Graft: EACC puts Kisii, Bomet on the spot

Kisii County was second nationally after Embu in the number of times a bribe is paid in exchange for services.

Wednesday March 16 2016

United Nations Conference on Trade and Development secretary general Mukhisa Kituyi (right) consults with Kisii County Governor James Ongwae (Centre) during an investors' forum in Kisii on February 26, 2016. Meru Governor Peter Munya is on the left. PHOTO | BENSON MOMANYI | NATION MEDIA GROUP

United Nations Conference on Trade and Development secretary general Mukhisa Kituyi (right) consults with Kisii County Governor James Ongwae (Centre) during an investors' forum in Kisii on February 26, 2016. Meru Governor Peter Munya is on the left. PHOTO | BENSON MOMANYI | NATION MEDIA GROUP 

By PETER LEFTIE
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Kisii, Bomet and Homa Bay top the list of counties where one is most likely to pay a bribe to access public services, according to a new survey conducted by the Ethics and Anti Corruption Commission (EACC).

Kisii County, where Mr James Ongwae is the Governor, was second nationally after Embu in the number of times a bribe is paid in exchange for services.

It is followed by governor Isaac Ruto’s Bomet, Kwale and Garissa in that order.

The survey, launched Tuesday by EACC chairman Philip Kinisu, however, ranks Migori, headed by governor Okoth Obado top on the list of counties with the lowest average number of times a bribe is paid.

It is followed by Nandi, Nyandarua, Nyeri and Samburu.

Bomet and Kisii also feature prominently on the list of top ten counties where bribes are most likely to be demanded in exchange for services.

Efforts by the Nation to get a comment from Mr Ongwae were unsuccessful as his phone went unanswered and he did not respond to text messages.

Nationally, those seeking services in county offices in Mandera, Garissa and Baringo were being asked to pay the heftiest bribes. In Mandera, the average bribe was Sh80,000.

This reduced to Sh51,990 in Garissa and Sh46,307 in Baringo. Meru closed the list of worst ten with an average bribe of Sh6,639, slightly worse off than Narok and Nandi.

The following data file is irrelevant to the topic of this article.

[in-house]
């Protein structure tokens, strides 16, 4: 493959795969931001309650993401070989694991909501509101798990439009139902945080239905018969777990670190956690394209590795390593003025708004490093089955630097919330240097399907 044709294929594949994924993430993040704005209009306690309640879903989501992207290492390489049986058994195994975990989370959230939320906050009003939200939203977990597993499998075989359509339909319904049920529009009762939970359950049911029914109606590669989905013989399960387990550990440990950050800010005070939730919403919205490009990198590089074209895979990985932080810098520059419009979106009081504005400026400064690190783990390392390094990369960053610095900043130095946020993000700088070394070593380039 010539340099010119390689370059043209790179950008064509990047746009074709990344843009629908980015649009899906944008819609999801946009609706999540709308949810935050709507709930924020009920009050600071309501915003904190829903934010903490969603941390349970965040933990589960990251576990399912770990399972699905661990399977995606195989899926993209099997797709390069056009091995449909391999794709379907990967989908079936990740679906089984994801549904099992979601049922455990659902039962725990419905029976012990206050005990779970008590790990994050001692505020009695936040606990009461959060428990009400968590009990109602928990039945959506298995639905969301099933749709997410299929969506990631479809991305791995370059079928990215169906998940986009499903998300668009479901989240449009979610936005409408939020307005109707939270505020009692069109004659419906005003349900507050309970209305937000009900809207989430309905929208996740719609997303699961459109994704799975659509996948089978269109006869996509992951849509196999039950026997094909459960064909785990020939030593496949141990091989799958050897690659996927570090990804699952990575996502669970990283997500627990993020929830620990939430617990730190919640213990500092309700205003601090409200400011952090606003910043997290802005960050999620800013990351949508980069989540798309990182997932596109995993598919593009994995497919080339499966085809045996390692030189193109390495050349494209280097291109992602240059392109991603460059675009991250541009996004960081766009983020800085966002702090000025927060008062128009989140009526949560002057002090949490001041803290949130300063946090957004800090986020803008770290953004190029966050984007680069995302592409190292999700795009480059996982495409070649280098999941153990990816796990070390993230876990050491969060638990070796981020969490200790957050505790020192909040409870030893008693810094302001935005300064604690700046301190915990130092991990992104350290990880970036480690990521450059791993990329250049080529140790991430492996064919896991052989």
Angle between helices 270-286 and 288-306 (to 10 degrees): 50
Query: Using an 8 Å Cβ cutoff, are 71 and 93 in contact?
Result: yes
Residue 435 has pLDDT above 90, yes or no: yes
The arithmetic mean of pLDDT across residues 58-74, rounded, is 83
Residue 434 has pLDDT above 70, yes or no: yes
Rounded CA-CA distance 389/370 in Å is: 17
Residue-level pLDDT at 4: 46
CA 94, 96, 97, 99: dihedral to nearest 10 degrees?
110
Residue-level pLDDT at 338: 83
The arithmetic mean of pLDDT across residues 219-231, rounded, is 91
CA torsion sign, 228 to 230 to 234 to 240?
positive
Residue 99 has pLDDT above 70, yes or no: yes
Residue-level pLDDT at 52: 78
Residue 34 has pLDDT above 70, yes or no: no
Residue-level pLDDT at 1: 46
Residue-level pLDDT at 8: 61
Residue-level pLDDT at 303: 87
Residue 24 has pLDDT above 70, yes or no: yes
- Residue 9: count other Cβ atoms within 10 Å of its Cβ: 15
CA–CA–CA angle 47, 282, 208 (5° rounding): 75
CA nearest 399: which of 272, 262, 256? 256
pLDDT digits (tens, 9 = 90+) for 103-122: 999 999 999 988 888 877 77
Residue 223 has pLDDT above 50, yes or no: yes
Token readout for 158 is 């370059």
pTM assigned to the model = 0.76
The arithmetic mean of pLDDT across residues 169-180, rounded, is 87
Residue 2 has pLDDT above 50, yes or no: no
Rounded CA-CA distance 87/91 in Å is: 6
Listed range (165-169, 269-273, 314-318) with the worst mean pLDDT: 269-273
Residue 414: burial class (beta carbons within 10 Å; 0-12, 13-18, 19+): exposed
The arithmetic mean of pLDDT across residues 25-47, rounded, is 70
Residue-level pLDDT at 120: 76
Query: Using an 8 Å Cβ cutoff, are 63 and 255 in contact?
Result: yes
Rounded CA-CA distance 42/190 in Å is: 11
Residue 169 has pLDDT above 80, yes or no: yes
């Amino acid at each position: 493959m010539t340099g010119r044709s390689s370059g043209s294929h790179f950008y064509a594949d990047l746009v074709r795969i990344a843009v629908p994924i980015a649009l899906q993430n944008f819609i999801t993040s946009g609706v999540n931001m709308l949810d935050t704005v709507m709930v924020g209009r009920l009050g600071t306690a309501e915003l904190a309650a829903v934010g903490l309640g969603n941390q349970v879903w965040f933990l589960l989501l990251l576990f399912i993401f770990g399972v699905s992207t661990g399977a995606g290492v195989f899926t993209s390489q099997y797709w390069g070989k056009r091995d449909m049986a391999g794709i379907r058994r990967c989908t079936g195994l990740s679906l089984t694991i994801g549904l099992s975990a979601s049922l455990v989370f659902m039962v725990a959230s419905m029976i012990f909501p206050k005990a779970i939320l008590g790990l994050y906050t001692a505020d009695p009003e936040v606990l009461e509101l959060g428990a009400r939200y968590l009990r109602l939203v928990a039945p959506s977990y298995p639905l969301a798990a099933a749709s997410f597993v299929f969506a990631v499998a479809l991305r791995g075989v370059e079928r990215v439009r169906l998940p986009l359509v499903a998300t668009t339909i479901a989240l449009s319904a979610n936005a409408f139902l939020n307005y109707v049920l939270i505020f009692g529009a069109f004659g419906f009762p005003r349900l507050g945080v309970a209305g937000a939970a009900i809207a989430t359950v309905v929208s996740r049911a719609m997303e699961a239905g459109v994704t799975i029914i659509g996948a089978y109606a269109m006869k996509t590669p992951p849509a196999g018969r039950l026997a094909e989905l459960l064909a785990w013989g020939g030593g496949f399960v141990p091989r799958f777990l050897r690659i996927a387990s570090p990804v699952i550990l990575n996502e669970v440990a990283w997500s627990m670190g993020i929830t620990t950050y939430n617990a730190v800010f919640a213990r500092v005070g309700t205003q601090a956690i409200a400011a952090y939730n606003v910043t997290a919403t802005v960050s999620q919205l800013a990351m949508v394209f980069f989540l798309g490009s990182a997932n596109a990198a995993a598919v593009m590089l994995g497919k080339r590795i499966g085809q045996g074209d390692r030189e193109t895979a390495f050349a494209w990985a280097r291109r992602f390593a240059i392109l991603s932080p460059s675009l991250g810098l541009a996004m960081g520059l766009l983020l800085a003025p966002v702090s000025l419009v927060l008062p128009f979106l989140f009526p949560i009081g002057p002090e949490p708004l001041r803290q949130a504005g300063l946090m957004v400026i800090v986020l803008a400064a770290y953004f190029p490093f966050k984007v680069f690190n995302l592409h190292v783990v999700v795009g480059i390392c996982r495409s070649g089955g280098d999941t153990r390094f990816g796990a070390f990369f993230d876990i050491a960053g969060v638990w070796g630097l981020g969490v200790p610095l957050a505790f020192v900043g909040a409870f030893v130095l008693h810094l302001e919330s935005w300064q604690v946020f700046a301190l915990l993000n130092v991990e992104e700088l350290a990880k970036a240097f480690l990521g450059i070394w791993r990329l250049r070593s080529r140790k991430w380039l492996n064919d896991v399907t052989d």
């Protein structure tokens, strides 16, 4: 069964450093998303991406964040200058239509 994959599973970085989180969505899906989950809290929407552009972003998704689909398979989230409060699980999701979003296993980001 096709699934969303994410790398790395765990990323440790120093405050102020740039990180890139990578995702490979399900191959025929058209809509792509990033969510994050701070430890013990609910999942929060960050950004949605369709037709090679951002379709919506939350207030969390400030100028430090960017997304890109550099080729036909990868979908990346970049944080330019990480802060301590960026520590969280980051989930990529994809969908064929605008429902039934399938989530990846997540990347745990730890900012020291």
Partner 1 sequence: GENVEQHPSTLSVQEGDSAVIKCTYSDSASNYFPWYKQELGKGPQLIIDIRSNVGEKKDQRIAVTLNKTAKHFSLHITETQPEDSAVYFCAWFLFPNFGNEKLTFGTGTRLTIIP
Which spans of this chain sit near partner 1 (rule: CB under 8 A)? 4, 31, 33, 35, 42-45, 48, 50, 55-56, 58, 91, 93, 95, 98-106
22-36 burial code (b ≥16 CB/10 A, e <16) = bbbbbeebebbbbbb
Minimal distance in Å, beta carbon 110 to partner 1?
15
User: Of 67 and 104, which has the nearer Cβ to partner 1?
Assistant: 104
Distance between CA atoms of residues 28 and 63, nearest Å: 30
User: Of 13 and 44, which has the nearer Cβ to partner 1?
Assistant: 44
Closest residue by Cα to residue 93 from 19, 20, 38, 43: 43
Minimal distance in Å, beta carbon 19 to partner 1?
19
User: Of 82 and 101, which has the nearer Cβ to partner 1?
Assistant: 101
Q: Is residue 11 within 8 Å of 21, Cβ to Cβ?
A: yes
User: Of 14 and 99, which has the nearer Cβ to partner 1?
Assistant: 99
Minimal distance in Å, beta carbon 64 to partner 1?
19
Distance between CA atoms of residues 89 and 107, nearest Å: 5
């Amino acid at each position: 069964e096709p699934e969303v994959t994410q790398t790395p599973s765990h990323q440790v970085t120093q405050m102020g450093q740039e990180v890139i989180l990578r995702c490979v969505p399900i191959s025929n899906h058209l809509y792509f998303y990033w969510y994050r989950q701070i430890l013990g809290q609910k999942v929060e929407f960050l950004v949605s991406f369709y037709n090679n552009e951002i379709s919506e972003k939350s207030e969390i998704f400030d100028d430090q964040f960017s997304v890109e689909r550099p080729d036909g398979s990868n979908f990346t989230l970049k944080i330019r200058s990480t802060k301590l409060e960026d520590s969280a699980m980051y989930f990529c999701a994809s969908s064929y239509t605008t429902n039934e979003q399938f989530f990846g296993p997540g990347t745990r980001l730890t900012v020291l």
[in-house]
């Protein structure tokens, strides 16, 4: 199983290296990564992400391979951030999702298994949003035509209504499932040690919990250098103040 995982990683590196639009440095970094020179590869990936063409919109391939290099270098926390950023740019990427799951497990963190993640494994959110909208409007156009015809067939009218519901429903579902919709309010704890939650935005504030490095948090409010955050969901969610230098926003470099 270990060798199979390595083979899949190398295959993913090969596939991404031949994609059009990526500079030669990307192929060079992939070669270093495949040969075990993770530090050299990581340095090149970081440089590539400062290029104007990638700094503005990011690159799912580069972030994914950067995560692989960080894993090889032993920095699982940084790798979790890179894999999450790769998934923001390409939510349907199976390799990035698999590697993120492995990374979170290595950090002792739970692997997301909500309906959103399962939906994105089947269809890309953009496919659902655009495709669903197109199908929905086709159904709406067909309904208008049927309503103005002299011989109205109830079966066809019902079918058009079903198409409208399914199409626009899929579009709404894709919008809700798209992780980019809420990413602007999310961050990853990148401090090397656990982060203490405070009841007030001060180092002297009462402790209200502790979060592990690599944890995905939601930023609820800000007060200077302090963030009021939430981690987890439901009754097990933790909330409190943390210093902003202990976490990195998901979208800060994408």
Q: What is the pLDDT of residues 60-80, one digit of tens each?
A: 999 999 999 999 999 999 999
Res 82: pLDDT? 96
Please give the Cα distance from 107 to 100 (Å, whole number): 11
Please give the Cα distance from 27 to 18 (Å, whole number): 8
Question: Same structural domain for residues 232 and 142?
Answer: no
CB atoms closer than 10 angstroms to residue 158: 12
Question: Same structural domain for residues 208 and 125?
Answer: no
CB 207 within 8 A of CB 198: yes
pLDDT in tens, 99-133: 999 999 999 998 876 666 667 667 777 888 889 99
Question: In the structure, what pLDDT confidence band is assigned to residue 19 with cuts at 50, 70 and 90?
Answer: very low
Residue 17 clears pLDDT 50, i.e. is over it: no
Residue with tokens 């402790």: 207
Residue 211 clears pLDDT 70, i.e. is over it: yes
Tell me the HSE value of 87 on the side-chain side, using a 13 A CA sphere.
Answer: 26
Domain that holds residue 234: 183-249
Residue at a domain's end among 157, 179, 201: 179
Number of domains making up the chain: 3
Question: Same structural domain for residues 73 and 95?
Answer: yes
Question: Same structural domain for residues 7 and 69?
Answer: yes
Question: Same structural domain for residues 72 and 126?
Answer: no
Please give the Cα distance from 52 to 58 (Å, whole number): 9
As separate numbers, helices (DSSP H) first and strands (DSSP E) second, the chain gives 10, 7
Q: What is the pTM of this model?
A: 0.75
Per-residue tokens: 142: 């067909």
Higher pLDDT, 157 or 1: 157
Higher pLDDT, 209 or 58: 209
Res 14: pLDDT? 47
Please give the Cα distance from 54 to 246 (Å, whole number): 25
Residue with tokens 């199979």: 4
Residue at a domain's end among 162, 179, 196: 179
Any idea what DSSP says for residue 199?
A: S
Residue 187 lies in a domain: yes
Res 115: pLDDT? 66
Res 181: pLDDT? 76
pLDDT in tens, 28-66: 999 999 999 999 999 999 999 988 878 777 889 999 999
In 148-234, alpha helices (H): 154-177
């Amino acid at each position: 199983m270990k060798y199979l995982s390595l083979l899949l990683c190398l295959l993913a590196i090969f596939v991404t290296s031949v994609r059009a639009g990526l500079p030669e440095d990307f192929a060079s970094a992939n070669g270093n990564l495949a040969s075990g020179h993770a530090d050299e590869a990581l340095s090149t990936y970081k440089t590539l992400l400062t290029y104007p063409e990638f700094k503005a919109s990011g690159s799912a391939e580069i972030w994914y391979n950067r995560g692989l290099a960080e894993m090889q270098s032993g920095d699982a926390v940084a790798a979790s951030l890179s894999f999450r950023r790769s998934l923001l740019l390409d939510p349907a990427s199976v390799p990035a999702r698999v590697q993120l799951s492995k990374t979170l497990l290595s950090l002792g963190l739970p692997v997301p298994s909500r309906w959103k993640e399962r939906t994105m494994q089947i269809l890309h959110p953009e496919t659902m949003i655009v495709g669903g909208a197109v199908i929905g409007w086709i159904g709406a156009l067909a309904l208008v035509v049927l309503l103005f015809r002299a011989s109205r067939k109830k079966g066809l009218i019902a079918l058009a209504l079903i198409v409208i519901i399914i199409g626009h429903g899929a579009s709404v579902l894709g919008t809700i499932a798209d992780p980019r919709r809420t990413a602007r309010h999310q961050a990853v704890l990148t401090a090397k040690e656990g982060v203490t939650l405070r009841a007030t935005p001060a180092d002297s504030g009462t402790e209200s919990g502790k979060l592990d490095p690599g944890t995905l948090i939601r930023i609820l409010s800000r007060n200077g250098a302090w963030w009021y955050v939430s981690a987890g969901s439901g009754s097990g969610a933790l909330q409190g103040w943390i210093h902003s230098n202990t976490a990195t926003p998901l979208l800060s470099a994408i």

On a positive note, Tana River was one of only two counties across the country which had no incidences of bribery. The other was Turkana County.

In a statement, Turkana County welcomed the report.

“We are happy with the report because it has given the true picture Turkana County,” the statement said.

Nandi Governor Cleophas Lagat also welcomed the report.

“Personally, I’m not surprised by our ranking because we have put in place systems and structures that discourage this vice,” he said.

The lowest average bribe paid was recorded in Kericho County — Sh164.81 — followed by Isiolo at Sh200 and Kitui at Sh423.02.

The survey shows that the highest incidences of corruption by public officers were recorded in Garissa county followed by Kisii, Nyamira and Marsabit. On the other hand, Nandi, Kericho and Machakos counties recorded the least observations of corrupt practices in public offices.

Wananchi who were seeking tenders with county governments were asked to pay the highest bribes at an average of Sh275,000. Those seeking employment also had to part with an average of Sh115,933. Others, who paid bribes of less than Sh34,000 were wananchi seeking the release of their impounded goods, those following up on their pensions, students seeking college admission and teachers applying for a Teachers Service Commission (TSC) number.

Nationally, the health services departments of county governments were perceived to be the most corrupt (29.1 per cent), followed by land and physical planning (14.3 per cent), public service boards (13.5 per cent) and Roads, Transport and Public works (11.5 per cent)

Among those interviewed, 34.8 per cent said the main effect of corruption in an increase in poverty levels followed by underdevelopment (26.3 per cent), poor service delivery (6.2 per cent), moral decay (5.3 per cent), inflation (4.4 per cent) and inequality (4.1 per cent).

MINISTRY OF INTERIOR

In the national government, the Ministry of Interior and Coordination of National Government, which is headed by Maj Gen (rtd) Joseph Nkaissery, was ranked as the most corrupt.

Forty per cent of those interviewed named the ministry as the most corrupt. Another 14.3 per cent said the dubious distinction went to the Health Ministry, headed by Dr Cleopa Mailu.

The Lands Ministry was ranked as most corrupt by 11.3 per cent of the respondents. Others were Education, Transport and Infrastructure, Devolution, Defence and Agriculture.

A nation-wide sample of 5,260 households drawn from 46 counties took part in the survey. Only  Mandera County was not involved.

Of those interviewed, 62.6 per cent said corruption was caused by greed. Only 13 per cent blamed poor pay while 6.3 per cent said bad governance was to blame.

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